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  42.  94
    John Corcoran (1991). REVIEW OF Alfred Tarski, Collected Papers, Vols. 1-4 (1986) Edited by Steven Givant and Ralph McKenzie. [REVIEW] MATHEMATICAL REVIEWS 91 (h):01101-4.
    Alfred Tarski (1901--1983) is widely regarded as one of the two giants of twentieth-century logic and also as one of the four greatest logicians of all time (Aristotle, Frege and Gödel being the other three). Of the four, Tarski was the most prolific as a logician. The four volumes of his collected papers, which exclude most of his 19 monographs, span over 2500 pages. Aristotle's writings are comparable in volume, but most of the Aristotelian corpus is not about logic, whereas (...)
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  43.  84
    David R. Breed (1993). Yoking Science and Religion: The Life and Thought of Ralph Wendell Burhoe. Zygon 28 (1).
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  44. Meyrick H. Carré (1953). Ralph Cudworth. Philosophical Quarterly 3 (13):342-351.
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  45.  58
    Claire Clark (2011). Book Review: Alexandra Rutherford, Beyond the Box: B. F. Skinner's Technology of Behavior From Laboratory to Life, 1950—1970s. Toronto: University of Toronto Press, 2009. 210 Pp. ISBN: 978-0-8020-9774-3 (Hardback), $55.00. ISBN: 978-0-8020-9618-0 (Paperback), $24.95. [REVIEW] History of the Human Sciences 24 (2):155-158.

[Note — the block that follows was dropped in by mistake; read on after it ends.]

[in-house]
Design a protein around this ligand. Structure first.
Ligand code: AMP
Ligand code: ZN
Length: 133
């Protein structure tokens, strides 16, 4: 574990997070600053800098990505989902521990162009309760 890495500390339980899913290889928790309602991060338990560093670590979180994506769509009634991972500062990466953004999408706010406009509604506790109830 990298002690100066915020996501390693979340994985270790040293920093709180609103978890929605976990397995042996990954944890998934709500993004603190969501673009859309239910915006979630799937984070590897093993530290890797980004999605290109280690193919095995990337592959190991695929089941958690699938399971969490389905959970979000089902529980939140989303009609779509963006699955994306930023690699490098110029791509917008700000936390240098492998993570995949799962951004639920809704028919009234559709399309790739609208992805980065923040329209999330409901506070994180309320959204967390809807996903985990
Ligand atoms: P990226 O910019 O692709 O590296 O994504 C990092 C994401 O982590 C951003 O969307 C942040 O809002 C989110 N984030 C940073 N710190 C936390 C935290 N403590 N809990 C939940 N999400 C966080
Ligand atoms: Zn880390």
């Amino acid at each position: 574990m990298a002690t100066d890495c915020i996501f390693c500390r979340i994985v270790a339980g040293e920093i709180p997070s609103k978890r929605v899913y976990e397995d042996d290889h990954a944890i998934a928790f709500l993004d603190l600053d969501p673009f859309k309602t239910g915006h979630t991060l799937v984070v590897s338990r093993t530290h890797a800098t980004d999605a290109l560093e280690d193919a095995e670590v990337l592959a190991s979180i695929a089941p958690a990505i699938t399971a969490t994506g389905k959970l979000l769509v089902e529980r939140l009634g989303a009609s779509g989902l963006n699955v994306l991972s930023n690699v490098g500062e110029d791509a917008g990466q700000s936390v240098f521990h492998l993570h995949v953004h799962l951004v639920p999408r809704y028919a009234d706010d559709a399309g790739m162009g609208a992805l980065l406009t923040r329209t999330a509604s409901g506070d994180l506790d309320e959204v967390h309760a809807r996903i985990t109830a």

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  46.  32
    Michael B. Gill (2004). Rationalism, Sentimentalism, and Ralph Cudworth. Hume Studies 30 (1):149-181.
  47.  62
    David R. Breed (1990). Ralph Wendell Burhoe: His Life and His Thought. II. Formulating the Vision and Organizing the Institute on Religion in an Age of Science (Iras). Zygon 25 (4):469-491.
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  48.  58
    Mark A. Schroll (2009). The Expansion of Consciousness: Vol. 1. By Ralph Metzner. Anthropology of Consciousness 20 (1):81-83.
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  49.  20
    Elizabeth Anderson (2015). On Ralph Barton Perry’s “What Do We Mean by Democracy?”. Ethics 125 (2):517-520,.
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  50.  71
    T. D. J. Chappell (1995). Book Reviews : The Question of Christian Ethics by Ralph McInerny. Washington: Catholic University of America Press (London: Eurospan). 1993. 74pp. Pb. 9.95. [REVIEW] Studies in Christian Ethics 8 (1):128-131.